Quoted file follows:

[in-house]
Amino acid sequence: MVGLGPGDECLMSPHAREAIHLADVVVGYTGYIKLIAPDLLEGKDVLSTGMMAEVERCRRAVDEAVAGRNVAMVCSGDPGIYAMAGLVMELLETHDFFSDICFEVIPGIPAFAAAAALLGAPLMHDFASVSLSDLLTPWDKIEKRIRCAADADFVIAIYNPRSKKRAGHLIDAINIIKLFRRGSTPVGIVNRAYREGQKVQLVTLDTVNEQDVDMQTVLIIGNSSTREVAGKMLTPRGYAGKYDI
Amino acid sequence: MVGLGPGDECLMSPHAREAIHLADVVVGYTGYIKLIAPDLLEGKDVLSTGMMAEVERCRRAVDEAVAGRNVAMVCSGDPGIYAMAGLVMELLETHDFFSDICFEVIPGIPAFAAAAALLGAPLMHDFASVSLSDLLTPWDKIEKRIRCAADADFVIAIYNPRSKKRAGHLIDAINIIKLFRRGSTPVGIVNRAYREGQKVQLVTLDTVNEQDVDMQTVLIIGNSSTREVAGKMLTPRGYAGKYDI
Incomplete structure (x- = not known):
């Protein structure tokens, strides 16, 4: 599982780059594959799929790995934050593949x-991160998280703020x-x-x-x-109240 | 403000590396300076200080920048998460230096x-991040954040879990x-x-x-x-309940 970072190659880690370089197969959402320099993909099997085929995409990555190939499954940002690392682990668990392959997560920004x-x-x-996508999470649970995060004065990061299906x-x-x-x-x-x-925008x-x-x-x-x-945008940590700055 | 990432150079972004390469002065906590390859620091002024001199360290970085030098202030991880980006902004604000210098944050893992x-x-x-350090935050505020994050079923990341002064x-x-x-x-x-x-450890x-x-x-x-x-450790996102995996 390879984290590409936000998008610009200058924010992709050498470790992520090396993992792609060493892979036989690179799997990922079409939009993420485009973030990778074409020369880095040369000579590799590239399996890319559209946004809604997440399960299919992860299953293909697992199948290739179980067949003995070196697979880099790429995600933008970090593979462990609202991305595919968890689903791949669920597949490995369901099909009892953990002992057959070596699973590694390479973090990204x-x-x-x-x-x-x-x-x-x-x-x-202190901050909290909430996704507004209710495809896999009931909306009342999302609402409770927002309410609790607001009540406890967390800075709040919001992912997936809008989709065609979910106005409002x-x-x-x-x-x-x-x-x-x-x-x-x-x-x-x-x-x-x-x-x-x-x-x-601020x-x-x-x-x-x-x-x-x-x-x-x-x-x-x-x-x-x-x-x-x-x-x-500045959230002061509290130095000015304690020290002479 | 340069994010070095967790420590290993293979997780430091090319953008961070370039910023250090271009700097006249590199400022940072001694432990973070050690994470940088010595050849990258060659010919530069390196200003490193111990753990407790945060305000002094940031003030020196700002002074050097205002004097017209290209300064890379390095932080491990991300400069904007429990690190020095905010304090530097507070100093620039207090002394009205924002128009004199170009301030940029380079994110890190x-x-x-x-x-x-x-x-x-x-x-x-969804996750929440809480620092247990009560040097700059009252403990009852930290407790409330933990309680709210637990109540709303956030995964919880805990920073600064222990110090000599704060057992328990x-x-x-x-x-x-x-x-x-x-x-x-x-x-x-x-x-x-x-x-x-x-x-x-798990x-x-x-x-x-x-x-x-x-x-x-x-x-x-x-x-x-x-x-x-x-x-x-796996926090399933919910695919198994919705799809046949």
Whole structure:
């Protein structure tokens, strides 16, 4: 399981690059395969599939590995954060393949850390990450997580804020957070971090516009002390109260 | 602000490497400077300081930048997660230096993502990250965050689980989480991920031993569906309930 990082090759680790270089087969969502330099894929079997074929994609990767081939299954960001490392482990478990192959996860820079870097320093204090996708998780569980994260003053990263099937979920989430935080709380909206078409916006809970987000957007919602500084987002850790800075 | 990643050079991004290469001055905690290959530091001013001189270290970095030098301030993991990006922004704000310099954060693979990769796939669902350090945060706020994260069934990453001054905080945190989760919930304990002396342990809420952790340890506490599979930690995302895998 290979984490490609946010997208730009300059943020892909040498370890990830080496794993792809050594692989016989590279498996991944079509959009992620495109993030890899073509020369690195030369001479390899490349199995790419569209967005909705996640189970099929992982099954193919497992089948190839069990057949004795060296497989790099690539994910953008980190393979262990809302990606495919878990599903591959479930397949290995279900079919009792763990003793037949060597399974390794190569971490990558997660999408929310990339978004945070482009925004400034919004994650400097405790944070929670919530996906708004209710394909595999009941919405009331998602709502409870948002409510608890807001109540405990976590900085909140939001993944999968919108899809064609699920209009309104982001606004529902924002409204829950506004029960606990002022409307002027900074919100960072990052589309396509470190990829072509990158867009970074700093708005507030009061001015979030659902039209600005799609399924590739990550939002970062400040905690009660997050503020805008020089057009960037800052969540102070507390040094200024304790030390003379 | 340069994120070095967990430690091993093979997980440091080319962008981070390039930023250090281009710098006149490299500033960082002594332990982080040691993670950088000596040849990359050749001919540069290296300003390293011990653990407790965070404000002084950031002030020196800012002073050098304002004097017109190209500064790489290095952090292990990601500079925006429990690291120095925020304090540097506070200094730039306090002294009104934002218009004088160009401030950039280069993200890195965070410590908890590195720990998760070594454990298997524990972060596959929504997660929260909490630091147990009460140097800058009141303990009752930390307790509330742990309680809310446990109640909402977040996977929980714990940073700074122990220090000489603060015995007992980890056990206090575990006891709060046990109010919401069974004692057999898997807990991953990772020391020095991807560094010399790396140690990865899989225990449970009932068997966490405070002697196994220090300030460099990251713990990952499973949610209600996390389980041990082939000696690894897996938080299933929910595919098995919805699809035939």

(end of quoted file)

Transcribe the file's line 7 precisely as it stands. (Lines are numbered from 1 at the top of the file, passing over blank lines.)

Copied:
């Protein structure tokens, strides 16, 4: 399981690059395969599939590995954060393949850390990450997580804020957070971090516009002390109260 | 602000490497400077300081930048997660230096993502990250965050689980989480991920031993569906309930 990082090759680790270089087969969502330099894929079997074929994609990767081939299954960001490392482990478990192959996860820079870097320093204090996708998780569980994260003053990263099937979920989430935080709380909206078409916006809970987000957007919602500084987002850790800075 | 990643050079991004290469001055905690290959530091001013001189270290970095030098301030993991990006922004704000310099954060693979990769796939669902350090945060706020994260069934990453001054905080945190989760919930304990002396342990809420952790340890506490599979930690995302895998 290979984490490609946010997208730009300059943020892909040498370890990830080496794993792809050594692989016989590279498996991944079509959009992620495109993030890899073509020369690195030369001479390899490349199995790419569209967005909705996640189970099929992982099954193919497992089948190839069990057949004795060296497989790099690539994910953008980190393979262990809302990606495919878990599903591959479930397949290995279900079919009792763990003793037949060597399974390794190569971490990558997660999408929310990339978004945070482009925004400034919004994650400097405790944070929670919530996906708004209710394909595999009941919405009331998602709502409870948002409510608890807001109540405990976590900085909140939001993944999968919108899809064609699920209009309104982001606004529902924002409204829950506004029960606990002022409307002027900074919100960072990052589309396509470190990829072509990158867009970074700093708005507030009061001015979030659902039209600005799609399924590739990550939002970062400040905690009660997050503020805008020089057009960037800052969540102070507390040094200024304790030390003379 | 340069994120070095967990430690091993093979997980440091080319962008981070390039930023250090281009710098006149490299500033960082002594332990982080040691993670950088000596040849990359050749001919540069290296300003390293011990653990407790965070404000002084950031002030020196800012002073050098304002004097017109190209500064790489290095952090292990990601500079925006429990690291120095925020304090540097506070200094730039306090002294009104934002218009004088160009401030950039280069993200890195965070410590908890590195720990998760070594454990298997524990972060596959929504997660929260909490630091147990009460140097800058009141303990009752930390307790509330742990309680809310446990109640909402977040996977929980714990940073700074122990220090000489603060015995007992980890056990206090575990006891709060046990109010919401069974004692057999898997807990991953990772020391020095991807560094010399790396140690990865899989225990449970009932068997966490405070002697196994220090300030460099990251713990990952499973949610209600996390389980041990082939000696690894897996938080299933929910595919098995919805699809035939």